Postdoc available in population genomics and global change

A three-year postdoctoral position is available in the Global Change Ecology & Evolution Lab at Rutgers University. The postdoc will join a NSF PIRE-funded project to study micro-evolutionary responses to a century of habitat degradation and intensive exploitation in Southeast Asia. The project is using DNA sequencing from a unique historical collection of coastal marine fishes in the Philippines from the R/V Albatross expedition (1907-1909), complemented with modern re-collections of the same species and locations. The postdoc will join a team of researchers that includes Kent Carpenter and Dan Barshis (Old Dominion University), Chris Bird (Texas A&M), Beth Polidoro (Arizona State), Robin Waples (NOAA), Jeff Williams (Smithsonian), Angel Alcala (Silliman U.), and others.

The postdoc will lead analyses of multiple population genomic datasets through time, including changes in diversity and signatures of selection, compare impacts and changes across species, and conduct trait-based analyses to understand characteristics of populations more or less prone to genetic bottlenecks. The postdoc will also contribute to summer population genomic workshops in the Philippines. Extensive opportunities for collaboration across the multi-institutional team, across Rutgers, and in the region are available, including within the Rutgers Genome Cooperative, the Institute of Earth, Ocean, and Atmospheric Sciences, and the Genetics Department. The postdoc will have the opportunity to mentor undergraduate and graduate students.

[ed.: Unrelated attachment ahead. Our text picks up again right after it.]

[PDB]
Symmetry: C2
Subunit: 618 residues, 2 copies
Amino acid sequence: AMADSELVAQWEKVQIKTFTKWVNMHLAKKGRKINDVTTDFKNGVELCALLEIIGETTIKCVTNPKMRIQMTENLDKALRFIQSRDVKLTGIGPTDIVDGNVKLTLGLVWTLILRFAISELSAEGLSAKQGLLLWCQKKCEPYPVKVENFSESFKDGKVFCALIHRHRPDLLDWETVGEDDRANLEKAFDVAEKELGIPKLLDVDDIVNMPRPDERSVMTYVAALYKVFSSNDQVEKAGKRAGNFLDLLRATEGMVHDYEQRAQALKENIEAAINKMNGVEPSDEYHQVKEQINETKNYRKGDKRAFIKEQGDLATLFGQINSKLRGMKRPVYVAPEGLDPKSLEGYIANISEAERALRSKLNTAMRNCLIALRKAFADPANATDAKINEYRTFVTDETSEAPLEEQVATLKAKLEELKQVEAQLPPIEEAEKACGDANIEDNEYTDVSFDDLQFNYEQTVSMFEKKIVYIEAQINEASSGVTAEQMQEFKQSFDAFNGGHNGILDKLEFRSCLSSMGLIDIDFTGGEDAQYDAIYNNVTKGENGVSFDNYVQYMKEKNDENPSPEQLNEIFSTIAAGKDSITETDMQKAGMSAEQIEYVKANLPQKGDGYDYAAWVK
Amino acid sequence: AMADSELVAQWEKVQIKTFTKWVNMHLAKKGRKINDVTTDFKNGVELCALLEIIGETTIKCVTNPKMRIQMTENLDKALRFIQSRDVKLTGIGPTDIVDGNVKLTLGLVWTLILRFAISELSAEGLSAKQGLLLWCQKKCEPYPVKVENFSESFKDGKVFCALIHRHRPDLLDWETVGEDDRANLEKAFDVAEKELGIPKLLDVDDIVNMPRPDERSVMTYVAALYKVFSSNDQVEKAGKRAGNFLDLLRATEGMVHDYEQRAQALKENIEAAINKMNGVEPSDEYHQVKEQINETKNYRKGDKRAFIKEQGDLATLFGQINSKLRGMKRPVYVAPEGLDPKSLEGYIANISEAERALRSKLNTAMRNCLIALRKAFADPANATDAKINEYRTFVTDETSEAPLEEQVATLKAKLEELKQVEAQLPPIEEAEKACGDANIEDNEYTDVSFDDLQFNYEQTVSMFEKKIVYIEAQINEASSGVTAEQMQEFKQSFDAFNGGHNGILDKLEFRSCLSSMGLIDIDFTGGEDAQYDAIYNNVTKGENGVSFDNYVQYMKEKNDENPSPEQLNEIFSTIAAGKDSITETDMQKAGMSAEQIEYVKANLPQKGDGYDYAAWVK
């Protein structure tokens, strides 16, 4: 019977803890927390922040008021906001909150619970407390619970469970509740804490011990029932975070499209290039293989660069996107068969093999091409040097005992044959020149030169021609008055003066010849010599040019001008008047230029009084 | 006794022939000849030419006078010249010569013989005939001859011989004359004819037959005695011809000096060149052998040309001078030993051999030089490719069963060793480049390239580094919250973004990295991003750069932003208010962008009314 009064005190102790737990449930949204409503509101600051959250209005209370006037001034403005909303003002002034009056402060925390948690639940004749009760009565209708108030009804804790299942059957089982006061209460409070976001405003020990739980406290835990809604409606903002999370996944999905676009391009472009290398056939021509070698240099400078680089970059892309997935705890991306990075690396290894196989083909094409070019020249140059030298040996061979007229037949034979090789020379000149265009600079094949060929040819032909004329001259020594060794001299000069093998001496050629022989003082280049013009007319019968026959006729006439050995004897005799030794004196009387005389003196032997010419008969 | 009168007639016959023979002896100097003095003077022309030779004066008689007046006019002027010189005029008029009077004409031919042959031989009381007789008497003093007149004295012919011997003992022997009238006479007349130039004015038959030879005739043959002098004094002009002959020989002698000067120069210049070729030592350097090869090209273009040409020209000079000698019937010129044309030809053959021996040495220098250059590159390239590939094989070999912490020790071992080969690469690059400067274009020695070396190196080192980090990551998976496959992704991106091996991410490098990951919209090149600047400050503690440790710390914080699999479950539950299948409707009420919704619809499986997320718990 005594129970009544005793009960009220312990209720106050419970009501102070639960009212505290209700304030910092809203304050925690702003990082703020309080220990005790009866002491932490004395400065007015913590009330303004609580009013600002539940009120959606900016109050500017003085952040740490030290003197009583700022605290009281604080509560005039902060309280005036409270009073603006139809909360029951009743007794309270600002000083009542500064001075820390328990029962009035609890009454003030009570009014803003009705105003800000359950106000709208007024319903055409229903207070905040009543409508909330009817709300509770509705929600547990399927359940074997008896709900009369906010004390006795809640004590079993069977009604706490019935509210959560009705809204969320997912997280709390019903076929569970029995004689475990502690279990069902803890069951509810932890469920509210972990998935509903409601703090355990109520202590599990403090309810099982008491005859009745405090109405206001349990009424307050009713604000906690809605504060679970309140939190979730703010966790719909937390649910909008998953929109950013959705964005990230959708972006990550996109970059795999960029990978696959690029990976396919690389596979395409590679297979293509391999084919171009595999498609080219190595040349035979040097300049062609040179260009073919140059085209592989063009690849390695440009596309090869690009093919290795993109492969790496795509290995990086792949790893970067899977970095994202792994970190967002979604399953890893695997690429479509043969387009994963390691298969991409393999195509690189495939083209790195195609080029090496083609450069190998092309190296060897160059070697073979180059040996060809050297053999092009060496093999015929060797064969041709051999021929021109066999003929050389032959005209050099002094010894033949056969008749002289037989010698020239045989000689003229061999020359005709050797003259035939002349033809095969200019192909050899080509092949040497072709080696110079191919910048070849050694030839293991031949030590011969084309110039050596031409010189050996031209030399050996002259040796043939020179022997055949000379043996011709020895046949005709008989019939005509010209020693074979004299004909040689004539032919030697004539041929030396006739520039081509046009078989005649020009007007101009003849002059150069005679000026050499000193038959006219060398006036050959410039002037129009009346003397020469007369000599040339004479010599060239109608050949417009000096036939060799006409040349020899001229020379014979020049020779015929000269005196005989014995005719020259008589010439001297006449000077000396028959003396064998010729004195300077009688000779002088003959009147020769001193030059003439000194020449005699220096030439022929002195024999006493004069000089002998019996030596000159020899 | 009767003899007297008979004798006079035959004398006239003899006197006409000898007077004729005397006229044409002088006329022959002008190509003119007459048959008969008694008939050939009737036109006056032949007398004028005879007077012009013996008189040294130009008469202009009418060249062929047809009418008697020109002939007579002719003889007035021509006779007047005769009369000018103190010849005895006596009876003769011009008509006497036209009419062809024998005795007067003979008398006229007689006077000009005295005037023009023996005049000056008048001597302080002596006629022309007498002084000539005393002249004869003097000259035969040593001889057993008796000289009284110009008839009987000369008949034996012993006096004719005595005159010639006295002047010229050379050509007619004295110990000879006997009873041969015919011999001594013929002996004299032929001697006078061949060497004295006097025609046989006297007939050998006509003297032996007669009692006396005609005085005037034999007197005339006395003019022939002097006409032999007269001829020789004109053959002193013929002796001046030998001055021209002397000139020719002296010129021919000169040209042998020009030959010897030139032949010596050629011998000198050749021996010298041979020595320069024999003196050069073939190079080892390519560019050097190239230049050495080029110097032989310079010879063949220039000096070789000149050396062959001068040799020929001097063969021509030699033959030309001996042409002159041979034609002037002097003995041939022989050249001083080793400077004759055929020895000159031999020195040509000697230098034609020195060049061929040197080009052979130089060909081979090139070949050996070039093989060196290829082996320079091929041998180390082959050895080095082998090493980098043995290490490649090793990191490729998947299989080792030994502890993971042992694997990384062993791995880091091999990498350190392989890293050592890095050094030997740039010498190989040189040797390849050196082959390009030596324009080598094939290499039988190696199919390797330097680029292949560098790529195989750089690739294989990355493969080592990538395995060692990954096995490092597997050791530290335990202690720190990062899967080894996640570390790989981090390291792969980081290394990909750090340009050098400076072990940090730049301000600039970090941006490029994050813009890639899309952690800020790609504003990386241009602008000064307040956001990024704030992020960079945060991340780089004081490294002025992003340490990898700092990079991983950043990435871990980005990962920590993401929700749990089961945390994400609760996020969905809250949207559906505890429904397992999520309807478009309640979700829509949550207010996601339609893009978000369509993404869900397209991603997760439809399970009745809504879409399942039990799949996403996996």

The position is ideally suited to quantitative researchers with a strong background in population genomics, bioinformatics, data science, and global change. No experience in marine biology required, though experience with population genomic modeling, Approximate Bayesian Computation, database management, and/or hierarchical modeling is a plus. Applicants with evidence of creativity, productivity, strong oral and written communication abilities, and enthusiasm are especially encouraged to apply, particularly those that bring a new perspective, new ideas, or a new skillset to the team. A promising record of publication is valued. The successful applicant will be an independent, motivated problem solver who communicates well and enjoys working in a collaborative setting.

**Position details**
The postdoc start dates are flexible, with preferred dates between May and October 2020. Salary starts at $50,000 per year and includes health insurance, retirement, tax savings plans, and other benefits. Funding for conferences and a computer are available. This is a one-year appointment with the expectation that it will be renewed twice (three years total), contingent upon satisfactory performance. Applicants must have a PhD at the time of employment.

**Application process**
Review of applications will begin on December 16, 2019 and will continue on a rolling basis. Interested candidates should email to 1) a one­page cover letter that describes their interest in the position and their relevant background, 2) a CV, and 3) the names and contact information for three scientists familiar with their work.

**Rutgers, The State University of New Jersey**
Rutgers is situated in New Jersey at a crossroads of American innovation, commerce, and culture and with a history entwined with that of the nation. Chartered in 1766, the university is the only one in the United States that is, at once, a colonial college, a land-grant institution, and a state university. Located within an easy drive of New York City, there are nonetheless an exceptionally wide array of marine, freshwater, and terrestrial ecosystems nearby, from the continental shelf and estuaries to barrier islands, coastal plains, the piedmont, Precambrian highlands, and ridge and valley geological provinces. Ecology & evolution at Rutgers consists of approximately 60 faculty and 50 graduate students pursuing research and training in conservation biology, ecosystem ecology, evolutionary biology, marine biology, microbial ecology, population and community ecology, population genetics, and restoration ecology.